Thursday, September 29, 2016

The Three Game Secret: Martial Arts Options for Dwarves, Spider-Man, and Chuck Norris

Alternate Kung Fu for TSR's Marvel Super-Heroes

Martial Arts ABCDE are now Martial Arts. When you are investigating something or moving or attacking or defensing you get to roll an additional 1d10. Whatever the die shows you get that many extra words to describe extra side effects and flair to your actions. You don't just notice the ancient coin on the ground, you sense a disturbance in the local chi flow. You don't climb the building, you double-jump all the way up like Vega. You don't just dodge, you spin over your opponent's head. You don't just kick the mugger, you redirect the knife in his hand toward his accomplice.

Alternately you can add the value to your roll like a free source of random karma.

Checks: limitation on number of words you can use to describe; GM has final say as to whether or not this sounds like something from a Chang Cheh movie and if not she has final veto; if you attempt to duplicate the effects of another super power in your description it is rolled at Shift 0 unless the GM decides otherwise; this ability recharges in combat only by being hit or attacking a different target, only works once per task per session outside of combat.
Advantages: you can differentiate martial arts users your own damn self without relying on a book mechanic; you don't have to choose whether to be good at hitting hard or hitting fast or whatever; literally everything in the game gives you a +1CS option so martial arts as-written are very gamey but not that exciting; removes the tendency for Pathfinder style overspecialization whenever a fight breaks out, guys who are only good at grappling just circling the fight while their friends are cut to pieces waiting for an opportunity to grapple...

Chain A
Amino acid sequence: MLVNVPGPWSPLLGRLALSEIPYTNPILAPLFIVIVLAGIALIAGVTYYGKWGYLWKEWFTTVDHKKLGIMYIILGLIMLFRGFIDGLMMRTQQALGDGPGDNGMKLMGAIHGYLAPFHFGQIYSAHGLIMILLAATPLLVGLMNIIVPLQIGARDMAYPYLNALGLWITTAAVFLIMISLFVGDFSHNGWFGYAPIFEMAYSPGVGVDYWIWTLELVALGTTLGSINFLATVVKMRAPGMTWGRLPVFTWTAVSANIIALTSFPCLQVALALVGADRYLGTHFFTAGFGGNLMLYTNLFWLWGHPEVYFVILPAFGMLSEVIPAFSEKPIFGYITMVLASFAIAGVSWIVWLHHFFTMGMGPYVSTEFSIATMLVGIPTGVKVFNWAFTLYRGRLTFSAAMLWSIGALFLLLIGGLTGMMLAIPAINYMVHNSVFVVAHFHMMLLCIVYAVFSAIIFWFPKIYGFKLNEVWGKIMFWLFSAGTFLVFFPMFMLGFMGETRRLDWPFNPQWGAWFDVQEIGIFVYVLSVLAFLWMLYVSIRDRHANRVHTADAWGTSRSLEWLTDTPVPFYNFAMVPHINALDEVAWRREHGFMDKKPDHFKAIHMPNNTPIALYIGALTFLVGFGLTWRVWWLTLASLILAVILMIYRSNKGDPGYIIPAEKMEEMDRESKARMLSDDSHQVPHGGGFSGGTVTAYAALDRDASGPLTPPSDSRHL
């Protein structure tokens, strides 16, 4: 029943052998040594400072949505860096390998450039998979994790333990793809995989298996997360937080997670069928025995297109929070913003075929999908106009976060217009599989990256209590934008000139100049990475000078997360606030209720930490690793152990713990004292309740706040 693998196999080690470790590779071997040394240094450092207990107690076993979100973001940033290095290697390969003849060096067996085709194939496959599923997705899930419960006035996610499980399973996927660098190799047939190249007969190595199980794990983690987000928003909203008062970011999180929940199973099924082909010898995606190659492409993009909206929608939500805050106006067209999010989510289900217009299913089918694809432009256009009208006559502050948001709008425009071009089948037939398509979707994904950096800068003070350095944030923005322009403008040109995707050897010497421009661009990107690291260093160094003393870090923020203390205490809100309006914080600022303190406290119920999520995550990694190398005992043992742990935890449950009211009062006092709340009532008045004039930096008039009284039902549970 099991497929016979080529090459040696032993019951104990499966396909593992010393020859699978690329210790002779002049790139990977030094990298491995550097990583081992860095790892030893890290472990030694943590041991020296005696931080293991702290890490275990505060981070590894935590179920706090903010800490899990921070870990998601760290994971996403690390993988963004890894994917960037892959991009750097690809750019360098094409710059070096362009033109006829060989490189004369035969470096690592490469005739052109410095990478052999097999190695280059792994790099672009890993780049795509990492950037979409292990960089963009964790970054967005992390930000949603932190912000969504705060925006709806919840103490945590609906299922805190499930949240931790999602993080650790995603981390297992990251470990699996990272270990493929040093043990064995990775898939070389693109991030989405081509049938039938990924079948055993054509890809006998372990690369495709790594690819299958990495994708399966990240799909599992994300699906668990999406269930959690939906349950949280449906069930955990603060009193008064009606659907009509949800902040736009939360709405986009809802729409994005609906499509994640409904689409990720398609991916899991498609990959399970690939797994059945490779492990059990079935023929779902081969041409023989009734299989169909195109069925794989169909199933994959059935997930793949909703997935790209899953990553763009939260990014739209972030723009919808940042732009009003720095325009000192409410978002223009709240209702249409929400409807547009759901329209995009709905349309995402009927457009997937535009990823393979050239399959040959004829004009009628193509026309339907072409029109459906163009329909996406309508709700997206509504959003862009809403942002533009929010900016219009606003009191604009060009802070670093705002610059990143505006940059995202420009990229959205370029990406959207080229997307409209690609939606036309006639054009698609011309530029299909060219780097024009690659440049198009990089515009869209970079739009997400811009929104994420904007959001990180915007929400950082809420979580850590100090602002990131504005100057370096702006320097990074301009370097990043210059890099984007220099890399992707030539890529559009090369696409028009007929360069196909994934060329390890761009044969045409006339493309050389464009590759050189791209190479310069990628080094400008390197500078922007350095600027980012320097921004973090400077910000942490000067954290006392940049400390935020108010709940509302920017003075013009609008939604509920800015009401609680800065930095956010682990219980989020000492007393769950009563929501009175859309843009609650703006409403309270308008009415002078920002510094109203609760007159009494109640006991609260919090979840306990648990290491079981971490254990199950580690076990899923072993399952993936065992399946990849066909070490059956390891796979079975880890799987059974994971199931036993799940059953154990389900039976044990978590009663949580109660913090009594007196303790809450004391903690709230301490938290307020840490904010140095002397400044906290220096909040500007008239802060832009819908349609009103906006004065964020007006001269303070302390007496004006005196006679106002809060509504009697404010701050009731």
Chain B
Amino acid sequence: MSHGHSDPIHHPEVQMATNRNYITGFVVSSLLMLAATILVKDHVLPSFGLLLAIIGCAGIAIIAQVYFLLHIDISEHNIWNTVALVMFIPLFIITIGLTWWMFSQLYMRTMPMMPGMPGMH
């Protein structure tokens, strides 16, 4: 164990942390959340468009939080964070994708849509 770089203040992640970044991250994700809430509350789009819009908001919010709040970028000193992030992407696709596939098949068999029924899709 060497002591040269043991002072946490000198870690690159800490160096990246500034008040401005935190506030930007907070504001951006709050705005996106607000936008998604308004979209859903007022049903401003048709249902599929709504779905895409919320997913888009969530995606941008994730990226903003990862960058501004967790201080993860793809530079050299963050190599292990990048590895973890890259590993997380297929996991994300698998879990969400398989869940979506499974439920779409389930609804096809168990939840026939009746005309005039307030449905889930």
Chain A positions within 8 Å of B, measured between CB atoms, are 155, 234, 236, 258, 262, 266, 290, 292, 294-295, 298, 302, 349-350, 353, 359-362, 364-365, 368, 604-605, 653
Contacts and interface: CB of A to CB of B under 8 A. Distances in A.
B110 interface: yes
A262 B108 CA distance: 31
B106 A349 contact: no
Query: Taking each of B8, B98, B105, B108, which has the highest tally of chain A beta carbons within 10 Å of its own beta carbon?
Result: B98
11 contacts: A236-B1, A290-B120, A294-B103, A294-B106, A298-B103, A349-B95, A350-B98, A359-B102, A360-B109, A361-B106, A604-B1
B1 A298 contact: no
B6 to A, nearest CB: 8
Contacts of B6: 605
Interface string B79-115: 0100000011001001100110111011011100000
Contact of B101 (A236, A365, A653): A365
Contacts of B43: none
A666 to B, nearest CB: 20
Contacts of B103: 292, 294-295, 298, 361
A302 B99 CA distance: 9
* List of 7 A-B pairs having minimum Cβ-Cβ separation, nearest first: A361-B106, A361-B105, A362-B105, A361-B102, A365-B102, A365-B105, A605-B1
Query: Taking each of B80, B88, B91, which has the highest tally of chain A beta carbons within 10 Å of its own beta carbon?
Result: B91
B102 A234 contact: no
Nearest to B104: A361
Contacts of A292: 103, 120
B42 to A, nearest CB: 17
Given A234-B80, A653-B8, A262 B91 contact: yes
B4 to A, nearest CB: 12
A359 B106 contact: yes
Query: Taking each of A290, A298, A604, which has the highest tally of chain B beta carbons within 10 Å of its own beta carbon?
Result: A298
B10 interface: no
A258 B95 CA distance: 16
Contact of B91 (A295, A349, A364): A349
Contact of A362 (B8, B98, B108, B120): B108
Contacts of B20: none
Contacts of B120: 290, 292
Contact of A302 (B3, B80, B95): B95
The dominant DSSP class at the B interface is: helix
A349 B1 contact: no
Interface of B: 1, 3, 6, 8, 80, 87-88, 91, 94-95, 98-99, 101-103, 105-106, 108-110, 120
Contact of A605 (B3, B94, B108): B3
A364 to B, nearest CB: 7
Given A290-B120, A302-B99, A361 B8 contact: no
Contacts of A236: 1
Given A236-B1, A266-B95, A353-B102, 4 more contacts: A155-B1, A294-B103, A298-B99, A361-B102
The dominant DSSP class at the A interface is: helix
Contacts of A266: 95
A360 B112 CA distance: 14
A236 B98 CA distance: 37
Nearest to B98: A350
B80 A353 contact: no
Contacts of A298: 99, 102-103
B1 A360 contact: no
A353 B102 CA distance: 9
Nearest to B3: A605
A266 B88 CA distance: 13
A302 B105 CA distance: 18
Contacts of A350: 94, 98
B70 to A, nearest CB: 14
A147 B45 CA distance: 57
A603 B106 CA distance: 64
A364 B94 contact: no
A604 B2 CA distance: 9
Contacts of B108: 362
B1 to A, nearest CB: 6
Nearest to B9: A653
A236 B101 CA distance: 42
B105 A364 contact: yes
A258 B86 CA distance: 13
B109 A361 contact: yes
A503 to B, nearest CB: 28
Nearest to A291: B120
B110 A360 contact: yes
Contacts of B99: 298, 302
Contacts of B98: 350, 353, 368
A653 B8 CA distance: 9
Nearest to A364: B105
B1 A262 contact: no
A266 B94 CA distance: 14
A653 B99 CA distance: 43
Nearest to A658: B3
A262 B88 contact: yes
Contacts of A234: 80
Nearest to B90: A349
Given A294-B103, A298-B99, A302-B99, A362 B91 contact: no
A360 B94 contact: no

Disadvantages: +1CS is incredibly simple to remember and adjudicate where this will require constant policing.

Methods of augmentation might include: allowing characters to gain Bonus/Penalty words as an alternative to normal karma awards for kung fu specific role playing (honoring your master, desecrating a shrine, meditating with a specific item as a focus, disrespecting your opponent); allowing characters to just do the 1d10 thing outside of combat and keeping the +1CS in combat; keeping the 1d10 roll as just a random kung fu karma-like bonus in combat and not worrying about anything else; allowing players in individual initiative to use their 1d10 roll to swap places in initiative at any time, potentially acting multiple times per round.

The great thing about this honestly from a story perspective is how easy it is to reward and enforce. Someone trying to abuse the system? Their system gets blocked by bad chi, they get their way this time but they're unable to use this ability until the re-center themselves or atone or do a side quest. Boom. Someone actively seeking out new training and new masters and secret breathing techniques? Bonus words.

What of Martial Supremacy? That's straightforward: like a D&D monk, that's just the level of superhuman/paranormal defense your kung fu is capable of ignoring. You have Martial Arts and Martial Supremacy Excellent, you Twisting Grasshopper Elbow the guy wearing the Amazing armor, his armor only protects like it's of Typical strength.

Alternate Kung Fu for D&Dalikes

I want to get away from the Terms mostly because I feel like D&D classes get just albatrossed with vocabulary over the iterations. People coming fresh to the game are going to look at a first level monk and go "Oh I can be Jackie Chan in Middle Earth? That's weird but I'm game, Jackie Chan is awesome." Longtime graph-mappers on the other hand are going to go "Oh let's see how they handle unarmed damage proficiency and progression, unarmored AC bonus progression, monk weapons, Flurry of Blows, Stunning Strike, slow descent, disrupting strike, talk to animals, uhhh ki pools, ki foci, style/school traditions/paths, movement speed increase and progression, thief skills, magic resistance...."